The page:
REVIEW: Adobe Captivate 6

An eLearning best seller, Captivate 6 further extends the capabilities of the Adobe product for both authoring and interactive learning materials. New themes have been added together with ready-made interactions and human characters to liven up lessons. More important than these, however, is support for HTML5 publishing and much improved integration with Microsoft PowerPoint. Built-in video capture and editing tools are another much-needed option, along with better integration when it comes to learning management systems, plus enhancements to the quizzing functionality.

What for and how much

Captivate 6 is available for both Windows and Apple Mac platforms, albeit with a fairly hefty asking price of £714 (ex. VAT). Fortunately, existing Adobe users can upgrade for a lot less than this—prices start at £286 (ex. VAT) depending on what you’ve got already. The product can also be had as part of Adobe’s latest eLearning Suite (£1,429 ex. VAT) which includes not just Captivate, but the latest editions of Dreamweaver, Photoshop, Acrobat Pro, Presenter and Audition along with other tools and services. Upgrades to the new eLearning Suite are also available plus it’s possible to rent both Captivate and the eLearning Suite on a monthly basis.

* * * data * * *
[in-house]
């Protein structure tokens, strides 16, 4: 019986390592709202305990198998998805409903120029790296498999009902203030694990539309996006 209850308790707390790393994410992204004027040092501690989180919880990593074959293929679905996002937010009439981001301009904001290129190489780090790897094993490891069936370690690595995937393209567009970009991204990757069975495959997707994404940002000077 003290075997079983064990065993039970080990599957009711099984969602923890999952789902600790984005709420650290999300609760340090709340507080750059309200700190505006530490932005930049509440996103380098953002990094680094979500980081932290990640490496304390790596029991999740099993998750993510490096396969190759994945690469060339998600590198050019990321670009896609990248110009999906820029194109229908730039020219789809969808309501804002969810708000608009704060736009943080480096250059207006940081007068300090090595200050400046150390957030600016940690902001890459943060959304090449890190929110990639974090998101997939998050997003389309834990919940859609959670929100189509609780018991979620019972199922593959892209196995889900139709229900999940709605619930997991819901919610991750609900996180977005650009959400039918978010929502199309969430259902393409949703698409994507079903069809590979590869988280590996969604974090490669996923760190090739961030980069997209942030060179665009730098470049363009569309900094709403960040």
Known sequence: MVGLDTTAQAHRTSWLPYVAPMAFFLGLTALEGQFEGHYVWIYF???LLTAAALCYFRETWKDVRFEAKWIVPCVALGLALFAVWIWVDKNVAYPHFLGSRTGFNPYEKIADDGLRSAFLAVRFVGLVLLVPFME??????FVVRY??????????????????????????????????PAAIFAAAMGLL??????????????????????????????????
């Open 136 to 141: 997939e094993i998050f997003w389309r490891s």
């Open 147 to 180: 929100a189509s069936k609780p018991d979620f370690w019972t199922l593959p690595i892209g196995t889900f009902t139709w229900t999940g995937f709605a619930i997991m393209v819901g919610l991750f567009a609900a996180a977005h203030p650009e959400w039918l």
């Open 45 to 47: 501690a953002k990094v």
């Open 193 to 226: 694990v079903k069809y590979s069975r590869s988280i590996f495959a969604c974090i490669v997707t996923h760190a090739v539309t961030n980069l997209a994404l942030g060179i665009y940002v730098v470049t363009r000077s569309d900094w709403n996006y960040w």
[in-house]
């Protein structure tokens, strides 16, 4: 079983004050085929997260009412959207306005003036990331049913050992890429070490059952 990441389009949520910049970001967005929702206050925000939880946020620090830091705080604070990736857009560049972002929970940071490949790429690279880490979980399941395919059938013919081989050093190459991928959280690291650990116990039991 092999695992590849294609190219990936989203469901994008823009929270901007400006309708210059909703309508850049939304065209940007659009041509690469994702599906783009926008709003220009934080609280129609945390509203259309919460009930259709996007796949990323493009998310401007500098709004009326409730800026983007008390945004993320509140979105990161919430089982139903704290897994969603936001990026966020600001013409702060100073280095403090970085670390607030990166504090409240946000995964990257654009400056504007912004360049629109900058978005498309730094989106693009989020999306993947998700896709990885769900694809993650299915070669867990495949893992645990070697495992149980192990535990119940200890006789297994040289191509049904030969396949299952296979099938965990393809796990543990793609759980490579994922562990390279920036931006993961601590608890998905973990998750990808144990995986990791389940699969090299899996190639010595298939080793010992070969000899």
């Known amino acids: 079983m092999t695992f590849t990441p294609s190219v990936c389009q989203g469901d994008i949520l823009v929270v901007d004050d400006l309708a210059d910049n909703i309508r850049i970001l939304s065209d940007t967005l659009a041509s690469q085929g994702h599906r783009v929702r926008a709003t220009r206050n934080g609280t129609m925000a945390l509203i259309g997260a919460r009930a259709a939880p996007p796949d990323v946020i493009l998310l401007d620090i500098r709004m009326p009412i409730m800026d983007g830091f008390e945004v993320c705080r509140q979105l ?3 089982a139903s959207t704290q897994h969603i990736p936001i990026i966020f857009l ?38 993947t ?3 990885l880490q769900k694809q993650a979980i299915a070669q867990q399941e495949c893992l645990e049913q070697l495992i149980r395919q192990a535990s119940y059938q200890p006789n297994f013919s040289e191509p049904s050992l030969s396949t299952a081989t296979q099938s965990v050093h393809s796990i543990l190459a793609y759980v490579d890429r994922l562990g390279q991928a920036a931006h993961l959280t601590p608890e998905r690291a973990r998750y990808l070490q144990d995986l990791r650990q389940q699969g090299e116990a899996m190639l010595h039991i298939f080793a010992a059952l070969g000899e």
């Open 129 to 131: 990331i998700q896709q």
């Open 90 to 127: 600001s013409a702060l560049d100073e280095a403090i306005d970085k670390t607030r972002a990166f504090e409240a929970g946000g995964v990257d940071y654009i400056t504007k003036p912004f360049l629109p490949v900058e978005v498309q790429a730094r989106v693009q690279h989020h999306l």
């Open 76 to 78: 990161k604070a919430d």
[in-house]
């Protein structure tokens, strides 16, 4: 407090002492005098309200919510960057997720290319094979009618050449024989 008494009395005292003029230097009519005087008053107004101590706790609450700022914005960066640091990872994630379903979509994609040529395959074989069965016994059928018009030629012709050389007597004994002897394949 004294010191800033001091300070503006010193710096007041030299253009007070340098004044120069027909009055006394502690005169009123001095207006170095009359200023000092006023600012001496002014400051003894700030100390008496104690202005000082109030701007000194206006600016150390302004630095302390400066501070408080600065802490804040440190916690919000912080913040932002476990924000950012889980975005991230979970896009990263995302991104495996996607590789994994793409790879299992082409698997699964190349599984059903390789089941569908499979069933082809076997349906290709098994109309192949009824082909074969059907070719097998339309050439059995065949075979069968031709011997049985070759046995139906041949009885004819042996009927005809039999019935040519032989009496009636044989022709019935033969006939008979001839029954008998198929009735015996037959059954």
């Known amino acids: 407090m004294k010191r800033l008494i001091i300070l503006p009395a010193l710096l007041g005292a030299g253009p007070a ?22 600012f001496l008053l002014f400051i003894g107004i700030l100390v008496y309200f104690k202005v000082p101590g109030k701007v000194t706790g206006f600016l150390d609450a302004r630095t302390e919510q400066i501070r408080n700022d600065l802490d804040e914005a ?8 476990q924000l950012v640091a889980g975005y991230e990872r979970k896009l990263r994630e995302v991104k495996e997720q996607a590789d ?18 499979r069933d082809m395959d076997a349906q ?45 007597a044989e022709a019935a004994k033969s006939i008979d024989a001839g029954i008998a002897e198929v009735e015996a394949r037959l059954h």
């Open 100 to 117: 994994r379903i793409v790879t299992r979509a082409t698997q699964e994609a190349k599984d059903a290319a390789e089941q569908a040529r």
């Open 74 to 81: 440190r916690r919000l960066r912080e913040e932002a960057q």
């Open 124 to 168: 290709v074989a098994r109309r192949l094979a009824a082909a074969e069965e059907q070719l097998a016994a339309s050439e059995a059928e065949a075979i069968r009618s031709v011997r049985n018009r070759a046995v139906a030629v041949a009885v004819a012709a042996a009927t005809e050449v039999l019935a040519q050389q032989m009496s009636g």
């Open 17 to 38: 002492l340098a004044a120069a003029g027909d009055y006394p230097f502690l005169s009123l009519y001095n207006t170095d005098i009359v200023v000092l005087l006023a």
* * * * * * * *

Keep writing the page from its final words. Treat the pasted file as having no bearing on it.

Getting started

For our evaluation we tested the Windows version of Captivate 6 which comes in both 32-bit and 64-bit versions, with a 30-day trial available to download and whet your appetite. Installation is straightforward, but you do need a well-specified PC with lots of memory and a fast graphics card to get the best out of the package.